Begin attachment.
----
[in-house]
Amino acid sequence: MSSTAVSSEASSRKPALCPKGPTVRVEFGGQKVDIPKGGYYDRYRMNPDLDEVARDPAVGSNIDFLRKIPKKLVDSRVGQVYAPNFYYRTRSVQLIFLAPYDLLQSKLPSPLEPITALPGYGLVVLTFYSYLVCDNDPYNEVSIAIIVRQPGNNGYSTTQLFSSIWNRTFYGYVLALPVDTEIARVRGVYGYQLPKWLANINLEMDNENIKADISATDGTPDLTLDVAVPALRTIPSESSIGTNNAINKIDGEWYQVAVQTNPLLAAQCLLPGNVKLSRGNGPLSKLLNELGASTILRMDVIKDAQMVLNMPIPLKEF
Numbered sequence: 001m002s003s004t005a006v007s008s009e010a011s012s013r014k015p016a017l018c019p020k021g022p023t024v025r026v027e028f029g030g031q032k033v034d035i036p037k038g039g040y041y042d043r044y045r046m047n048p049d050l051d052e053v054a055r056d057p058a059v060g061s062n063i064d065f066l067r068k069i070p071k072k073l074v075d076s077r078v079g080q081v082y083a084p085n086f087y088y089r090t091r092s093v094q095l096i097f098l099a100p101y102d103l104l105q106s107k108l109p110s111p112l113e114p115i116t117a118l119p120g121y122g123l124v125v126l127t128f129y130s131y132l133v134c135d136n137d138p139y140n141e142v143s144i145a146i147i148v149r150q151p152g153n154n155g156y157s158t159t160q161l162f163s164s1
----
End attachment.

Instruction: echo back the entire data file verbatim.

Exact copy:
[in-house]
Amino acid sequence: MSSTAVSSEASSRKPALCPKGPTVRVEFGGQKVDIPKGGYYDRYRMNPDLDEVARDPAVGSNIDFLRKIPKKLVDSRVGQVYAPNFYYRTRSVQLIFLAPYDLLQSKLPSPLEPITALPGYGLVVLTFYSYLVCDNDPYNEVSIAIIVRQPGNNGYSTTQLFSSIWNRTFYGYVLALPVDTEIARVRGVYGYQLPKWLANINLEMDNENIKADISATDGTPDLTLDVAVPALRTIPSESSIGTNNAINKIDGEWYQVAVQTNPLLAAQCLLPGNVKLSRGNGPLSKLLNELGASTILRMDVIKDAQMVLNMPIPLKEF
Numbered sequence: 001m002s003s004t005a006v007s008s009e010a011s012s013r014k015p016a017l018c019p020k021g022p023t024v025r026v027e028f029g030g031q032k033v034d035i036p037k038g039g040y041y042d043r044y045r046m047n048p049d050l051d052e053v054a055r056d057p058a059v060g061s062n063i064d065f066l067r068k069i070p071k072k073l074v075d076s077r078v079g080q081v082y083a084p085n086f087y088y089r090t091r092s093v094q095l096i097f098l099a100p101y102d103l104l105q106s107k108l109p110s111p112l113e114p115i116t117a118l119p120g121y122g123l124v125v126l127t128f129y130s131y132l133v134c135d136n137d138p139y140n141e142v143s144i145a146i147i148v149r150q151p152g153n154n155g156y157s158t159t160q161l162f163s164s1